Skip to main content

U.S. HALTS WEAPON SALES TO VENEZUELA

The United States announced it has placed Venezuela on the list of countries not cooperating with counter-terrorism efforts and would ban future weapons sales to the country.

“This focuses on concerns that [the U.S.] has in terms of the relationship [Venezuela] has built up with states like Iran and Cuba, state sponsors of terror,” said Sean McCormack, spokesman for the U.S. Department of State. “There are also concerns about their interactions with the FARC (Revolutionary Armed Forces of Colombia) and the ELN (National Liberation Army of Colombia).”

The FARC is the military wing of the Colombian Communist Party while the ELN is a Marxist insurgent group formed in 1965 by urban intellectuals inspired by Fidel Castro and Ernesto “Che” Guevara. Together the two groups have fought the longest running guerilla war in history and are listed as terrorist organizations by both the United States and the European Union.

Venezuelan President Hugo Chavez dismissed the move as an act of an “irrational empire” telling the BBC that “we will take no notice.”

Relations between the U.S. and Venezuela deteriorated when President Bush allegedly supported a coup attempt against President Chavez on April 12, 2002. Chavez was reinstated as President two days later and won a 2004 national referendum with 59 percent of Venezuelans supporting him.

Comments

Popular posts from this blog

Moving to the Suburbs: Reducciones in Recent Latin American Historiography

In 1503, the Spanish monarchy issued its first decree for the resettlement of indigenous groups in the Caribbean so that they would “live together” and “not remain or wander separated from each other in the backcountry.”[1]

As the European conquest spread to North, Central, and South America, these new settlements – known as reducciones and congregaciones in Spanish and descimentos in Portuguese – became sites of forced labor, evangelism, experimental agricultural, and refuge. Through a series of imperial policies decreed over the next decades and centuries of colonial rule, Spanish and Portuguese officials attempted to reshape the New World, including its human and natural landscapes. How colonial historians explain this process and indigenous peoples’ reactions to it is the focus of this essay.

In a review of the recent historiography of reducciones, several trends emerge that signal a shift in our understanding of the practice. As this paper will show, one common element is that …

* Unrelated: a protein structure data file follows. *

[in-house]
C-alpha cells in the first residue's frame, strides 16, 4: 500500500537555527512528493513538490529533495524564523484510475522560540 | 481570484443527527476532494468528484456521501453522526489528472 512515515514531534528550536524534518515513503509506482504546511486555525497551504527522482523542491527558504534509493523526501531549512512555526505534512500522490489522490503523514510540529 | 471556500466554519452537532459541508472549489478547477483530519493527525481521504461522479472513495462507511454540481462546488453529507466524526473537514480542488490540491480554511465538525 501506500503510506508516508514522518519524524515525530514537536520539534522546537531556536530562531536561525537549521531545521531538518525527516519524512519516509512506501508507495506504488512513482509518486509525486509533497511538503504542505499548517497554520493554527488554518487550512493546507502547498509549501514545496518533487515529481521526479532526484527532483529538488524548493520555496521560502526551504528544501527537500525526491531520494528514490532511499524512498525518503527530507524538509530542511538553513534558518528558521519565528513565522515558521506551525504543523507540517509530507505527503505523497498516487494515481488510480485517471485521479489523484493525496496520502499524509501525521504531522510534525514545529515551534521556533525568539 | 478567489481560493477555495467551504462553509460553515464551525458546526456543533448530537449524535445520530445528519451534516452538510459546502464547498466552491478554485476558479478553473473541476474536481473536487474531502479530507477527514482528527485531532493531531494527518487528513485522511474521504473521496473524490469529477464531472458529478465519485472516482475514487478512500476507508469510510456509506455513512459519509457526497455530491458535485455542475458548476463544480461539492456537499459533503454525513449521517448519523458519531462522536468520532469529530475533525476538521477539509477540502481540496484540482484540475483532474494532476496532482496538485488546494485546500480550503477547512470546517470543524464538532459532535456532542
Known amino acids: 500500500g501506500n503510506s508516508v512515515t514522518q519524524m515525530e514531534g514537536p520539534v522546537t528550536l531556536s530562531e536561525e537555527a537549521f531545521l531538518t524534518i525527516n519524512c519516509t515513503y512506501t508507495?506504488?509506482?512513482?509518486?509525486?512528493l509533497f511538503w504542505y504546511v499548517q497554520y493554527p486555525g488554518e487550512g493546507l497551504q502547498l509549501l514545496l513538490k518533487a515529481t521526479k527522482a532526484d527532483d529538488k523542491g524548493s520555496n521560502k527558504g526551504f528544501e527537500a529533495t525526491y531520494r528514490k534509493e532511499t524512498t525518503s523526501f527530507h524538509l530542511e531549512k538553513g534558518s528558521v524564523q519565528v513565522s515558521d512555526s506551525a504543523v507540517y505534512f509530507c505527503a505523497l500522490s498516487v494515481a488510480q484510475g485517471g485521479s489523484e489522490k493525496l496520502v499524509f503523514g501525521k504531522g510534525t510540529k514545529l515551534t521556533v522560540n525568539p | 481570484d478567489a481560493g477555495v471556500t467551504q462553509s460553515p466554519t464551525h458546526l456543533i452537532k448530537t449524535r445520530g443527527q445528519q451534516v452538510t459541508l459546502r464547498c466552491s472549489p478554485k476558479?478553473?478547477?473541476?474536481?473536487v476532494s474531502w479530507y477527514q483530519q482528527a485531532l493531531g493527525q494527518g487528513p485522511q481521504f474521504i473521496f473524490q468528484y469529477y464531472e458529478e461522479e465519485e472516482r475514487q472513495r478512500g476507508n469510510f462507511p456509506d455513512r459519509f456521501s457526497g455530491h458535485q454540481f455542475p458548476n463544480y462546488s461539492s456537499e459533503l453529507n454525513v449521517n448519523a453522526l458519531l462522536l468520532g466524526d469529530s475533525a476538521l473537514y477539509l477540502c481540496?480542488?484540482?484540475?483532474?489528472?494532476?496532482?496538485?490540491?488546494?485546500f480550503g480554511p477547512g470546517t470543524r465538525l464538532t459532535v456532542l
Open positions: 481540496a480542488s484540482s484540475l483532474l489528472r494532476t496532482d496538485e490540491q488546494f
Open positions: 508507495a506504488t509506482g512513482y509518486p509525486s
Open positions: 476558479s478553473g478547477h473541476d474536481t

77-Year-Old Wall Street Favorite to Face Fujimori in Peru Runoff

By Nathan Gill and John Quigley April 12, 2016 (Bloomberg) -- The victory by Pedro Pablo Kuczynski, a former finance minister, for second place in Sunday’s Peruvian president elections sets up a showdown between two business-friendly candidates, part of a regional backlash against left-wing politicians.
Kuczynski, a 77-year-old Oxford-trained political economist who’s spent more than 50 years championing debt control and free trade, won 21 percent of vote with 96 percent of the ballots counted, according to the electoral office. He will face Keiko Fujimori, who won 39.8 percent, in a second-round vote on June 5.
Click here to read the full story on Bloomberg News.

Bailout Risk Grows for Ecuador After Worst Earthquake in Decades

By Nathan Gill April 19, 2016 (Bloomberg) -- Before a 7.8-magnitude earthquake struck Ecuador on Saturday, the South American nation’s finances were already in tatters as the government struggled to meet payments to municipal authorities, oil companies and even cancer hospitals. Cut off from global bond markets, President Rafael Correa must now find enough money to rehouse thousands.
As volunteers continue to rescue victims from the rubble of collapsed homes and buildings on Ecuador’s Pacific coast, doubts are growing about the country’s ability to pay for the reconstruction. The nation is already in its worst recession since the financial system collapsed in the late 1990s, and international reserves are at their lowest levels in almost seven years.
Click hereto read the full story on Bloomberg News.